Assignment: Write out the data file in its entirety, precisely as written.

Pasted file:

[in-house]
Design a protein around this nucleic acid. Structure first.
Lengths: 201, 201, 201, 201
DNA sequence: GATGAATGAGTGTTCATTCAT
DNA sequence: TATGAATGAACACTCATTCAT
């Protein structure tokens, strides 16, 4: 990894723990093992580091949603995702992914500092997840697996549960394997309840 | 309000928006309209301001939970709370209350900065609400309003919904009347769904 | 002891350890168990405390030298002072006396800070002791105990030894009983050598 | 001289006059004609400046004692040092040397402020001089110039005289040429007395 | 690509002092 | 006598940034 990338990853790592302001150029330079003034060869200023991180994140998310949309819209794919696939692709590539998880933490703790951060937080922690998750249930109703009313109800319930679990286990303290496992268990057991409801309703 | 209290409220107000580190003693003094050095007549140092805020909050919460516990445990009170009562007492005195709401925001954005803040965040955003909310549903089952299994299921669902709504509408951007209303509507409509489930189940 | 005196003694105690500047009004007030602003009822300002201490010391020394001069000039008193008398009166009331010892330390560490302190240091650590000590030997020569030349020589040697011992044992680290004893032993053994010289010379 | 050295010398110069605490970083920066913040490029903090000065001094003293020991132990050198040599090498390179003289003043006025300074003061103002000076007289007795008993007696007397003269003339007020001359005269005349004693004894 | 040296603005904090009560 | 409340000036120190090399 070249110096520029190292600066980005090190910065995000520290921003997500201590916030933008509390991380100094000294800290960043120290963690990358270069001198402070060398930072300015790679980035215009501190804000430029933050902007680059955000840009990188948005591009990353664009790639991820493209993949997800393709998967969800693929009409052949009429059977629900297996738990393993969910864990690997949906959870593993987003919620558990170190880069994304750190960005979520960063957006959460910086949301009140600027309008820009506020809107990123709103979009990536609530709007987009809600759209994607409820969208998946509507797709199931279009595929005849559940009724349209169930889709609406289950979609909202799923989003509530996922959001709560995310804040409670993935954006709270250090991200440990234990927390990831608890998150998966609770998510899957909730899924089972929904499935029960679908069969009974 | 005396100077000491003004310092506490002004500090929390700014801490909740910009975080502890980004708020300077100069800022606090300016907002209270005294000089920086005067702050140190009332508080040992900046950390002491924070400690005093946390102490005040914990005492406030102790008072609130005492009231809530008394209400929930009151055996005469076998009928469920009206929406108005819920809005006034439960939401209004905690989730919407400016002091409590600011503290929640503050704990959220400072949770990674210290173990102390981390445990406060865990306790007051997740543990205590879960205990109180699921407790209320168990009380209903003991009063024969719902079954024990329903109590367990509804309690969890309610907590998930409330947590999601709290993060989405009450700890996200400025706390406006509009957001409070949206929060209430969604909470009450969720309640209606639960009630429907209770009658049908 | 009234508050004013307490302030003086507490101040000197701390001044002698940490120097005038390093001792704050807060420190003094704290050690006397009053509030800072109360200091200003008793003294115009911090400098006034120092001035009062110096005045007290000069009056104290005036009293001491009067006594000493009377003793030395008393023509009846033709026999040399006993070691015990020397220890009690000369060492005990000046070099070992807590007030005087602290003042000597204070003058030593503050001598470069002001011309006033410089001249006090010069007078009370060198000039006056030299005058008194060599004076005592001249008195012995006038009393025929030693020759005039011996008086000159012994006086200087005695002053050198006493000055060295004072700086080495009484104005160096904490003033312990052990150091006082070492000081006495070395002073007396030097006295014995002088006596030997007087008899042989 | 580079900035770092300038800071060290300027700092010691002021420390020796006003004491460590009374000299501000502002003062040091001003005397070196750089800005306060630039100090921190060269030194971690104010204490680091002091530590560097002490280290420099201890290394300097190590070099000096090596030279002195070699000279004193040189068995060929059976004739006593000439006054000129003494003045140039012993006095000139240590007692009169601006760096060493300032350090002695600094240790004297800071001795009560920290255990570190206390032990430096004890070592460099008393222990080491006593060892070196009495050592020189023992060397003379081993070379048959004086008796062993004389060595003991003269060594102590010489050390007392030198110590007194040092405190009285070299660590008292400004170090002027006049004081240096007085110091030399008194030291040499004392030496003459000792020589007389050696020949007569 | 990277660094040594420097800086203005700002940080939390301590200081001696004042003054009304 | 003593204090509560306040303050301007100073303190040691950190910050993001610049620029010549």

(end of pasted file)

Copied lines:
[in-house]
Design a protein around this nucleic acid. Structure first.
Lengths: 201, 201, 201, 201
DNA sequence: GATGAATGAGTGTTCATTCAT
DNA sequence: TATGAATGAACACTCATTCAT
């Protein structure tokens, strides 16, 4: 990894723990093992580091949603995702992914500092997840697996549960394997309840 | 309000928006309209301001939970709370209350900065609400309003919904009347769904 | 002891350890168990405390030298002072006396800070002791105990030894009983050598 | 001289006059004609400046004692040092040397402020001089110039005289040429007395 | 690509002092 | 006598940034 990338990853790592302001150029330079003034060869200023991180994140998310949309819209794919696939692709590539998880933490703790951060937080922690998750249930109703009313109800319930679990286990303290496992268990057991409801309703 | 209290409220107000580190003693003094050095007549140092805020909050919460516990445990009170009562007492005195709401925001954005803040965040955003909310549903089952299994299921669902709504509408951007209303509507409509489930189940 | 005196003694105690500047009004007030602003009822300002201490010391020394001069000039008193008398009166009331010892330390560490302190240091650590000590030997020569030349020589040697011992044992680290004893032993053994010289010379 | 050295010398110069605490970083920066913040490029903090000065001094003293020991132990050198040599090498390179003289003043006025300074003061103002000076007289007795008993007696007397003269003339007020001359005269005349004693004894 | 040296603005904090009560 | 409340000036120190090399 070249110096520029190292600066980005090190910065995000520290921003997500201590916030933008509390991380100094000294800290960043120290963690990358270069001198402070060398930072300015790679980035215009501190804000430029933050902007680059955000840009990188948005591009990353664009790639991820493209993949997800393709998967969800693929009409052949009429059977629900297996738990393993969910864990690997949906959870593993987003919620558990170190880069994304750190960005979520960063957006959460910086949301009140600027309008820009506020809107990123709103979009990536609530709007987009809600759209994607409820969208998946509507797709199931279009595929005849559940009724349209169930889709609406289950979609909202799923989003509530996922959001709560995310804040409670993935954006709270250090991200440990234990927390990831608890998150998966609770998510899957909730899924089972929904499935029960679908069969009974 | 005396100077000491003004310092506490002004500090929390700014801490909740910009975080502890980004708020300077100069800022606090300016907002209270005294000089920086005067702050140190009332508080040992900046950390002491924070400690005093946390102490005040914990005492406030102790008072609130005492009231809530008394209400929930009151055996005469076998009928469920009206929406108005819920809005006034439960939401209004905690989730919407400016002091409590600011503290929640503050704990959220400072949770990674210290173990102390981390445990406060865990306790007051997740543990205590879960205990109180699921407790209320168990009380209903003991009063024969719902079954024990329903109590367990509804309690969890309610907590998930409330947590999601709290993060989405009450700890996200400025706390406006509009957001409070949206929060209430969604909470009450969720309640209606639960009630429907209770009658049908 | 009234508050004013307490302030003086507490101040000197701390001044002698940490120097005038390093001792704050807060420190003094704290050690006397009053509030800072109360200091200003008793003294115009911090400098006034120092001035009062110096005045007290000069009056104290005036009293001491009067006594000493009377003793030395008393023509009846033709026999040399006993070691015990020397220890009690000369060492005990000046070099070992807590007030005087602290003042000597204070003058030593503050001598470069002001011309006033410089001249006090010069007078009370060198000039006056030299005058008194060599004076005592001249008195012995006038009393025929030693020759005039011996008086000159012994006086200087005695002053050198006493000055060295004072700086080495009484104005160096904490003033312990052990150091006082070492000081006495070395002073007396030097006295014995002088006596030997007087008899042989 | 580079900035770092300038800071060290300027700092010691002021420390020796006003004491460590009374000299501000502002003062040091001003005397070196750089800005306060630039100090921190060269030194971690104010204490680091002091530590560097002490280290420099201890290394300097190590070099000096090596030279002195070699000279004193040189068995060929059976004739006593000439006054000129003494003045140039012993006095000139240590007692009169601006760096060493300032350090002695600094240790004297800071001795009560920290255990570190206390032990430096004890070592460099008393222990080491006593060892070196009495050592020189023992060397003379081993070379048959004086008796062993004389060595003991003269060594102590010489050390007392030198110590007194040092405190009285070299660590008292400004170090002027006049004081240096007085110091030399008194030291040499004392030496003459000792020589007389050696020949007569 | 990277660094040594420097800086203005700002940080939390301590200081001696004042003054009304 | 003593204090509560306040303050301007100073303190040691950190910050993001610049620029010549």